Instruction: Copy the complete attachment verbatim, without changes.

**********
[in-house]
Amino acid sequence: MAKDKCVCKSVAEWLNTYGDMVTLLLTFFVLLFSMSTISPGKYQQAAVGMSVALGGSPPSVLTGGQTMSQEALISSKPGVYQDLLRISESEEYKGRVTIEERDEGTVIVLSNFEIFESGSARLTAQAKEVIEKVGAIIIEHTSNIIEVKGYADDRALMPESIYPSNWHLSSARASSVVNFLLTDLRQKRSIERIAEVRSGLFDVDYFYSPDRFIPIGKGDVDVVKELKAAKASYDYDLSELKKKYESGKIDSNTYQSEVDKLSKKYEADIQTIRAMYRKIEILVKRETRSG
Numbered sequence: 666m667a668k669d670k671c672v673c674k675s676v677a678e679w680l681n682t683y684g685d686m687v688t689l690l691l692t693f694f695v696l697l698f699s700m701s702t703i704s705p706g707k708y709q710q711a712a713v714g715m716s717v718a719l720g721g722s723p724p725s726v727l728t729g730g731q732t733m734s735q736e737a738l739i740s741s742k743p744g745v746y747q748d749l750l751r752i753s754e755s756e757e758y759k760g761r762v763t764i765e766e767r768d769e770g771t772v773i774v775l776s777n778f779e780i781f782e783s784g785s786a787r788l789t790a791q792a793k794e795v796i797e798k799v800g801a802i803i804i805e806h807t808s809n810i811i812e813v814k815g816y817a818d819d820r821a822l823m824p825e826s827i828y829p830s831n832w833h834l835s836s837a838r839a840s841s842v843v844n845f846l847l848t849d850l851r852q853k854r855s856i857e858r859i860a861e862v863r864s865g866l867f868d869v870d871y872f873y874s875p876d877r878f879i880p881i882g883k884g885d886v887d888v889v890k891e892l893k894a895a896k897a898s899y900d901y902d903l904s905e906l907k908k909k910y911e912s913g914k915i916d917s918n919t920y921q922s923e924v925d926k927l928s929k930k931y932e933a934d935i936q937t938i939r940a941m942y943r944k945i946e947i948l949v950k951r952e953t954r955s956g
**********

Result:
[in-house]
Amino acid sequence: MAKDKCVCKSVAEWLNTYGDMVTLLLTFFVLLFSMSTISPGKYQQAAVGMSVALGGSPPSVLTGGQTMSQEALISSKPGVYQDLLRISESEEYKGRVTIEERDEGTVIVLSNFEIFESGSARLTAQAKEVIEKVGAIIIEHTSNIIEVKGYADDRALMPESIYPSNWHLSSARASSVVNFLLTDLRQKRSIERIAEVRSGLFDVDYFYSPDRFIPIGKGDVDVVKELKAAKASYDYDLSELKKKYESGKIDSNTYQSEVDKLSKKYEADIQTIRAMYRKIEILVKRETRSG
Numbered sequence: 666m667a668k669d670k671c672v673c674k675s676v677a678e679w680l681n682t683y684g685d686m687v688t689l690l691l692t693f694f695v696l697l698f699s700m701s702t703i704s705p706g707k708y709q710q711a712a713v714g715m716s717v718a719l720g721g722s723p724p725s726v727l728t729g730g731q732t733m734s735q736e737a738l739i740s741s742k743p744g745v746y747q748d749l750l751r752i753s754e755s756e757e758y759k760g761r762v763t764i765e766e767r768d769e770g771t772v773i774v775l776s777n778f779e780i781f782e783s784g785s786a787r788l789t790a791q792a793k794e795v796i797e798k799v800g801a802i803i804i805e806h807t808s809n810i811i812e813v814k815g816y817a818d819d820r821a822l823m824p825e826s827i828y829p830s831n832w833h834l835s836s837a838r839a840s841s842v843v844n845f846l847l848t849d850l851r852q853k854r855s856i857e858r859i860a861e862v863r864s865g866l867f868d869v870d871y872f873y874s875p876d877r878f879i880p881i882g883k884g885d886v887d888v889v890k891e892l893k894a895a896k897a898s899y900d901y902d903l904s905e906l907k908k909k910y911e912s913g914k915i916d917s918n919t920y921q922s923e924v925d926k927l928s929k930k931y932e933a934d935i936q937t938i939r940a941m942y943r944k945i946e947i948l949v950k951r952e953t954r955s956g